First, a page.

US Use of Renewables Behind Japan, Europe
IS the United States losing the race to develop renewable energy? A coalition of more than 20 consumer, environmental, and industrial organizations is calling on Washington to more than double spending on research and development for energy sources like solar, wind, and geothermal.
Europe and Japan could soon pull ahead of the US, and this country could lose valuable export markets, the coalition warns.
Scott Sklar, executive director of the Solar Energy Industries Association, says: ``The European Community ... is outspending the US by 30 times on renewable energy export promotions, while Germany, Italy, and Japan already outspend the US on photovoltaic, wind, and other renewable energy R&D.''
President Bush is asking for an $11 million increase to $172 million for renewable energy in 1992. But that still is only a fraction of what it was in the 1970s.
The coalition, which includes Public Citizen, the Union of Concerned Scientists, the American Wind Energy Association, the Environmental and Energy Study Institute, and others, wants the budget for renewables boosted to $462 million in 1992, $572 million in 1993, and $653 million in 1994.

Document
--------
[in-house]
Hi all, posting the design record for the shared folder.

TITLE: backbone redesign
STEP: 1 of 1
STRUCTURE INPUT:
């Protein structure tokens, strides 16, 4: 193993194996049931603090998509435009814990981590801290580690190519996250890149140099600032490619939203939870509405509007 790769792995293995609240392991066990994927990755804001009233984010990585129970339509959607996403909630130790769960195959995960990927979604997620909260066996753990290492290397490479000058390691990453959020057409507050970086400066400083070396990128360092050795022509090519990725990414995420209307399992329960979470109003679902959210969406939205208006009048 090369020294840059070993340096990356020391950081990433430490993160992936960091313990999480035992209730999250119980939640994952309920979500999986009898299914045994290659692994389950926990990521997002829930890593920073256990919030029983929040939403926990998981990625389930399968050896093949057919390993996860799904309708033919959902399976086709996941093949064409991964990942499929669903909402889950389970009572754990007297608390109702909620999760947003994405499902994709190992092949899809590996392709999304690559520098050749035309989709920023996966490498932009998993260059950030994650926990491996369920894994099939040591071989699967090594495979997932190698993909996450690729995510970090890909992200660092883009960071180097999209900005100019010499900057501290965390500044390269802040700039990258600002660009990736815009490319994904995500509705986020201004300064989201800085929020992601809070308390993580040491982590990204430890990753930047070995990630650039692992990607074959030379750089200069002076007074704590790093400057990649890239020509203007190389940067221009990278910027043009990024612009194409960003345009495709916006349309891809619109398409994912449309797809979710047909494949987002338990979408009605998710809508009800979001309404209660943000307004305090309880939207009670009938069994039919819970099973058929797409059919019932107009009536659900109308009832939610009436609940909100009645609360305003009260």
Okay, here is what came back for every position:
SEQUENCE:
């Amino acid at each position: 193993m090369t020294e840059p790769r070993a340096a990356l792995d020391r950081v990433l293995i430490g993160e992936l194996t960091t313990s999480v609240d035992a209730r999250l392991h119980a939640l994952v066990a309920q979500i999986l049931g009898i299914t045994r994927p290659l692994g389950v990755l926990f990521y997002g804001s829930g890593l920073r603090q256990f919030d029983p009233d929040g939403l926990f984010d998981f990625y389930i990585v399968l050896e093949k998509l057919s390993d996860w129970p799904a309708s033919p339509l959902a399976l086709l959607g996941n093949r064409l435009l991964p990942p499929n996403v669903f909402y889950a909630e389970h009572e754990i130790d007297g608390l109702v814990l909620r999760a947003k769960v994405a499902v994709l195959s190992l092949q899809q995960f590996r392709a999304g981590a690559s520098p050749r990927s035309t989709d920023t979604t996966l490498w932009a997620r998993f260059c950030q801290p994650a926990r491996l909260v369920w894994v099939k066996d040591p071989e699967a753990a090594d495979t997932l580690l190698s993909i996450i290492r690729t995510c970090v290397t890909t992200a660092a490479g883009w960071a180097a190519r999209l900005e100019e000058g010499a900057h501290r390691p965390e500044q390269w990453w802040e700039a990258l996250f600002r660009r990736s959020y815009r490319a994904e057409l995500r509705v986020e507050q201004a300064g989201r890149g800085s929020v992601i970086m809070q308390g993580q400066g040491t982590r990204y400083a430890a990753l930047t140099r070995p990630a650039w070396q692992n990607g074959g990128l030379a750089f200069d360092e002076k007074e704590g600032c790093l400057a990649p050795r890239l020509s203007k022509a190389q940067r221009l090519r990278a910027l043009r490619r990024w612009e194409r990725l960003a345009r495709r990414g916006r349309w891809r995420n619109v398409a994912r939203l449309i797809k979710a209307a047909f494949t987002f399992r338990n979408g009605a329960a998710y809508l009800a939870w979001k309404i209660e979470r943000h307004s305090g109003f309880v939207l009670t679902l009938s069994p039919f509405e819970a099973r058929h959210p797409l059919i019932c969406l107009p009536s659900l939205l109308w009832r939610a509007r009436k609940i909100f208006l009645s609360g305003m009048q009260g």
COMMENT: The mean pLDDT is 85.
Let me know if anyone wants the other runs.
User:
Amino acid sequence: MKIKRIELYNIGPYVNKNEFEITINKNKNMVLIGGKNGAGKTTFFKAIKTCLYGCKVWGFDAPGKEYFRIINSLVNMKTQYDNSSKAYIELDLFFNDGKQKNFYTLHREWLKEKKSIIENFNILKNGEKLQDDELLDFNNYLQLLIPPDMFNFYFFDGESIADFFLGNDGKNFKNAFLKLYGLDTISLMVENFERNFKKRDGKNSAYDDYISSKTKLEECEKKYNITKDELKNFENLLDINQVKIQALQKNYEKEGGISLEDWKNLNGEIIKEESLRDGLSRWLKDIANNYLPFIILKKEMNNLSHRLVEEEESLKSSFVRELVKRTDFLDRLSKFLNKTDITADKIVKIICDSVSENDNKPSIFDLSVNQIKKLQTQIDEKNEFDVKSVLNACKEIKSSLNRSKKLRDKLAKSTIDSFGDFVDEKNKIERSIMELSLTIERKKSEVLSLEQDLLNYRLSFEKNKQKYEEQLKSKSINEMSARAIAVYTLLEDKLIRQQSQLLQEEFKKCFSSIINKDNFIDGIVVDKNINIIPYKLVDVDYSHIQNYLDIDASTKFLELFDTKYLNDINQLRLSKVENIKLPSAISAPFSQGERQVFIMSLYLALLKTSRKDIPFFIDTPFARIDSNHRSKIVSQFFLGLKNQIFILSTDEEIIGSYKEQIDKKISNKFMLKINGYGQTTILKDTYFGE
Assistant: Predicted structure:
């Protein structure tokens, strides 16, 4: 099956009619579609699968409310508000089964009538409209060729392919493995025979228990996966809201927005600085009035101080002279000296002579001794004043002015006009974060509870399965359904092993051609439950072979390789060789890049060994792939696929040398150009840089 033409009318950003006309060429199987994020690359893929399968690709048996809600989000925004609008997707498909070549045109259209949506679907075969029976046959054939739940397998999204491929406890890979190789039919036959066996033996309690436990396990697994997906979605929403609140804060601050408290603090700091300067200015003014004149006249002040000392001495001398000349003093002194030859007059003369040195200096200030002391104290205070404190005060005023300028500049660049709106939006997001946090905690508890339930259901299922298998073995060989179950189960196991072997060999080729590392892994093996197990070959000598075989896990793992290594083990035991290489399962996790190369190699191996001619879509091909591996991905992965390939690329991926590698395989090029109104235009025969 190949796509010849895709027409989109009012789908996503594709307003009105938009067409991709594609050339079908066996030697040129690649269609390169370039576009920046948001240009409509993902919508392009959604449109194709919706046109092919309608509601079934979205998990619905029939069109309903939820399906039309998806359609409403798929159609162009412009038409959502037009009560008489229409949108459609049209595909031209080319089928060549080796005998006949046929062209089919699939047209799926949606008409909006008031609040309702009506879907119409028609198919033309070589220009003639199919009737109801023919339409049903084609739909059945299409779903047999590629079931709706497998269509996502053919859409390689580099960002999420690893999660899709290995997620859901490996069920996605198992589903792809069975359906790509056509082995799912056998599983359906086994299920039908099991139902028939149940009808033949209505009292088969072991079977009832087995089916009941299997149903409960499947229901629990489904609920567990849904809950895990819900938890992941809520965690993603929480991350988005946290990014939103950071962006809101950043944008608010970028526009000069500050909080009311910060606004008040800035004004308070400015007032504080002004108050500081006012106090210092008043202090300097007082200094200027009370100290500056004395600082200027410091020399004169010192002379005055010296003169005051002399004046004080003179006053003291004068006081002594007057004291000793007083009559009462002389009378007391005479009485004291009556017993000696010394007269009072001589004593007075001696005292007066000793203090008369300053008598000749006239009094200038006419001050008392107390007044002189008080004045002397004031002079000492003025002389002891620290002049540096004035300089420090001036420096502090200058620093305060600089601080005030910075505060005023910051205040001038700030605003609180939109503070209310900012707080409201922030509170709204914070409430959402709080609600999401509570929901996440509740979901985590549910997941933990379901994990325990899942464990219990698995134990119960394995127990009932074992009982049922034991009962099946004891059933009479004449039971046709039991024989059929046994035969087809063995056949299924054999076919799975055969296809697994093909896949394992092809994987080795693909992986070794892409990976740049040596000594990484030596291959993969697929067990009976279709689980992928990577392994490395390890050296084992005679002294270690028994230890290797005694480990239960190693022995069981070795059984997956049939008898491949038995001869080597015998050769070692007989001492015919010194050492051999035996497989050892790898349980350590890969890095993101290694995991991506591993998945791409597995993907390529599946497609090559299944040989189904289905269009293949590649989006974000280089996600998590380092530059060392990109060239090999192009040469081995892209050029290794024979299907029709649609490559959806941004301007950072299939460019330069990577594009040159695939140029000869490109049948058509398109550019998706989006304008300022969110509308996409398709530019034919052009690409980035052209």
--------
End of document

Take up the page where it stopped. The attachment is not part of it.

The Bush administration is focusing most of its research-and-development funds on fossil and nuclear options. But all sides agree that the potential for renewable energy is great.
One privately funded study found that a small California valley, the Carrizo Plain, could theoretically be filled with solar collectors and create enough electricity to power the entire state.
Wind power also appears to have great potential. Windmills produced a record 2.5 billion kilowatt-hours in 1990.
Excluding areas like cities and wilderness preserves, the US is estimated to have wind-energy potential of more than 100 quads, or more than all the energy used in this country last year.
Energy Secretary James Watkins's request for renewable funding in fiscal year 1992 was originally higher, but the White House cut it by 26 percent, the coalition report observes.